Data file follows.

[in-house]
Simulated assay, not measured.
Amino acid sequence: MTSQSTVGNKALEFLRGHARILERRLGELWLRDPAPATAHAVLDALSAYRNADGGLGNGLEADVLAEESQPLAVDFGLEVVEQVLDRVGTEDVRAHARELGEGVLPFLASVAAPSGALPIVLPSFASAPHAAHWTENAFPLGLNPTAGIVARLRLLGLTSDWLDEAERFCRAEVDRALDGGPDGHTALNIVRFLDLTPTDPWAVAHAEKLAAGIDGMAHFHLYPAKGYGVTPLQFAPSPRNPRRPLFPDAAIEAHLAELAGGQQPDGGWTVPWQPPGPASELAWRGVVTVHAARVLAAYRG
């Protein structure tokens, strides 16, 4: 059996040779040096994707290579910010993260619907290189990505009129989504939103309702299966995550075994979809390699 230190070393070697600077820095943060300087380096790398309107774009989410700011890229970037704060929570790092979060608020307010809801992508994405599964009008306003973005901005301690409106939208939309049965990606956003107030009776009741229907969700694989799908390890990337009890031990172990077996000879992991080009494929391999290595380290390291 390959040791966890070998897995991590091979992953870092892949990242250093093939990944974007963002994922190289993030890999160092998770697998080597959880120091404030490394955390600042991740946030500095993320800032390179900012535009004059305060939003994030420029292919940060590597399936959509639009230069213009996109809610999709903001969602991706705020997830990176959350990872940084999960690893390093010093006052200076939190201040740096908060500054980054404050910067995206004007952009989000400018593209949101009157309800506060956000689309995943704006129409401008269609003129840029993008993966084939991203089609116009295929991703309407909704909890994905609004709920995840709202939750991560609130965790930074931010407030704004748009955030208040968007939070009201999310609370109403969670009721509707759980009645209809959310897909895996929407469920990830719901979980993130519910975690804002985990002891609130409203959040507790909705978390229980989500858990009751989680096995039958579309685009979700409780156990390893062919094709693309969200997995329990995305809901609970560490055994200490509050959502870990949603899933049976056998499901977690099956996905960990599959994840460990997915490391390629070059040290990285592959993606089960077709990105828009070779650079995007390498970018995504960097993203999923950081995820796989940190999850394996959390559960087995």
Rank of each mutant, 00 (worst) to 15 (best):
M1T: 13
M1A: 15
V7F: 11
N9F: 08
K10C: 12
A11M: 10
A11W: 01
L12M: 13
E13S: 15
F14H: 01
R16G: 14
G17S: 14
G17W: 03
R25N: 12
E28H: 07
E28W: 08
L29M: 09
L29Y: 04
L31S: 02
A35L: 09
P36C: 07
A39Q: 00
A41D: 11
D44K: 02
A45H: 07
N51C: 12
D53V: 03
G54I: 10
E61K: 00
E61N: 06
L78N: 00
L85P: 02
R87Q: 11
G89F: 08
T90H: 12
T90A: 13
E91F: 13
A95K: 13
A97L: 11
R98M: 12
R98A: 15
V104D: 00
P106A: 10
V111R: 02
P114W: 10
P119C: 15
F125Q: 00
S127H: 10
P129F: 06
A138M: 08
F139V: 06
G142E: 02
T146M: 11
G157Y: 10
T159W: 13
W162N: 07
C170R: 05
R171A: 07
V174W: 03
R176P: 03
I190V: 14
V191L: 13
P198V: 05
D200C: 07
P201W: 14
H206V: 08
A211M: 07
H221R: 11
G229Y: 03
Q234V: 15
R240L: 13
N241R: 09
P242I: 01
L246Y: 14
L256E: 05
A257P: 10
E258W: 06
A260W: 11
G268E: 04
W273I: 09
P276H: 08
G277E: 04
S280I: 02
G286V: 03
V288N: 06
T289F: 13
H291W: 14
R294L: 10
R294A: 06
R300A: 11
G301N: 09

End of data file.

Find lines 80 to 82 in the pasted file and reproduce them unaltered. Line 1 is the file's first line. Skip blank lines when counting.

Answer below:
L256E: 05
A257P: 10
E258W: 06